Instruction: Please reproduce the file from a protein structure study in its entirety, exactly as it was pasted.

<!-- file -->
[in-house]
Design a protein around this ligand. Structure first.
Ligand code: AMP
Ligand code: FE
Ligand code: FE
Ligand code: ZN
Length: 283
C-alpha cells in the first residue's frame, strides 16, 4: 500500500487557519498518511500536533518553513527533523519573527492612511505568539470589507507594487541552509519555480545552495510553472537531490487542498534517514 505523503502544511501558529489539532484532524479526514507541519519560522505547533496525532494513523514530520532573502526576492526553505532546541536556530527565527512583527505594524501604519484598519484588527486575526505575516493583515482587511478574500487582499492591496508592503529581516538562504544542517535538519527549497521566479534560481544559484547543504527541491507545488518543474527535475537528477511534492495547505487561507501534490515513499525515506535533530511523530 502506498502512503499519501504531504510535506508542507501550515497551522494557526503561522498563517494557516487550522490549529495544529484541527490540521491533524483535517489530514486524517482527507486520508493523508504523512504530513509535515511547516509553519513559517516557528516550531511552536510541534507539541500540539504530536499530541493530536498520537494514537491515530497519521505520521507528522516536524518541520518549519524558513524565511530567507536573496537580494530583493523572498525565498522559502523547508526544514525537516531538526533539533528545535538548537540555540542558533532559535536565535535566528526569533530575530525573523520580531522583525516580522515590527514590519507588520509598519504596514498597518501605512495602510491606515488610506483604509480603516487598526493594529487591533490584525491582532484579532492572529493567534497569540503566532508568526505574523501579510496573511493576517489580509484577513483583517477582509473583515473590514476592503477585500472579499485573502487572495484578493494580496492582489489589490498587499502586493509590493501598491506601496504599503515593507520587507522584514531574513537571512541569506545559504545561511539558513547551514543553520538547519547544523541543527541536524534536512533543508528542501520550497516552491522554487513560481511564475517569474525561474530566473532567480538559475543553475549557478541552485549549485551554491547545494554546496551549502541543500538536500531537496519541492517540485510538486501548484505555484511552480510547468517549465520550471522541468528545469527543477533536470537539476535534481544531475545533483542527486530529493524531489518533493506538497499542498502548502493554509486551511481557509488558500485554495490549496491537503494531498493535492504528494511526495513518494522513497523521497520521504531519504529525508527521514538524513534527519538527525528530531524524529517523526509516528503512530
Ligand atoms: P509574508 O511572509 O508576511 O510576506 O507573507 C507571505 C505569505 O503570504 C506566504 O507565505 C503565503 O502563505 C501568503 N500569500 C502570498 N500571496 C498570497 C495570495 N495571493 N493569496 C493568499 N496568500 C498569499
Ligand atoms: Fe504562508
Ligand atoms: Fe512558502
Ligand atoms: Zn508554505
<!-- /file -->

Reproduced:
[in-house]
Design a protein around this ligand. Structure first.
Ligand code: AMP
Ligand code: FE
Ligand code: FE
Ligand code: ZN
Length: 283
C-alpha cells in the first residue's frame, strides 16, 4: 500500500487557519498518511500536533518553513527533523519573527492612511505568539470589507507594487541552509519555480545552495510553472537531490487542498534517514 505523503502544511501558529489539532484532524479526514507541519519560522505547533496525532494513523514530520532573502526576492526553505532546541536556530527565527512583527505594524501604519484598519484588527486575526505575516493583515482587511478574500487582499492591496508592503529581516538562504544542517535538519527549497521566479534560481544559484547543504527541491507545488518543474527535475537528477511534492495547505487561507501534490515513499525515506535533530511523530 502506498502512503499519501504531504510535506508542507501550515497551522494557526503561522498563517494557516487550522490549529495544529484541527490540521491533524483535517489530514486524517482527507486520508493523508504523512504530513509535515511547516509553519513559517516557528516550531511552536510541534507539541500540539504530536499530541493530536498520537494514537491515530497519521505520521507528522516536524518541520518549519524558513524565511530567507536573496537580494530583493523572498525565498522559502523547508526544514525537516531538526533539533528545535538548537540555540542558533532559535536565535535566528526569533530575530525573523520580531522583525516580522515590527514590519507588520509598519504596514498597518501605512495602510491606515488610506483604509480603516487598526493594529487591533490584525491582532484579532492572529493567534497569540503566532508568526505574523501579510496573511493576517489580509484577513483583517477582509473583515473590514476592503477585500472579499485573502487572495484578493494580496492582489489589490498587499502586493509590493501598491506601496504599503515593507520587507522584514531574513537571512541569506545559504545561511539558513547551514543553520538547519547544523541543527541536524534536512533543508528542501520550497516552491522554487513560481511564475517569474525561474530566473532567480538559475543553475549557478541552485549549485551554491547545494554546496551549502541543500538536500531537496519541492517540485510538486501548484505555484511552480510547468517549465520550471522541468528545469527543477533536470537539476535534481544531475545533483542527486530529493524531489518533493506538497499542498502548502493554509486551511481557509488558500485554495490549496491537503494531498493535492504528494511526495513518494522513497523521497520521504531519504529525508527521514538524513534527519538527525528530531524524529517523526509516528503512530
Ligand atoms: P509574508 O511572509 O508576511 O510576506 O507573507 C507571505 C505569505 O503570504 C506566504 O507565505 C503565503 O502563505 C501568503 N500569500 C502570498 N500571496 C498570497 C495570495 N495571493 N493569496 C493568499 N496568500 C498569499
Ligand atoms: Fe504562508
Ligand atoms: Fe512558502
Ligand atoms: Zn508554505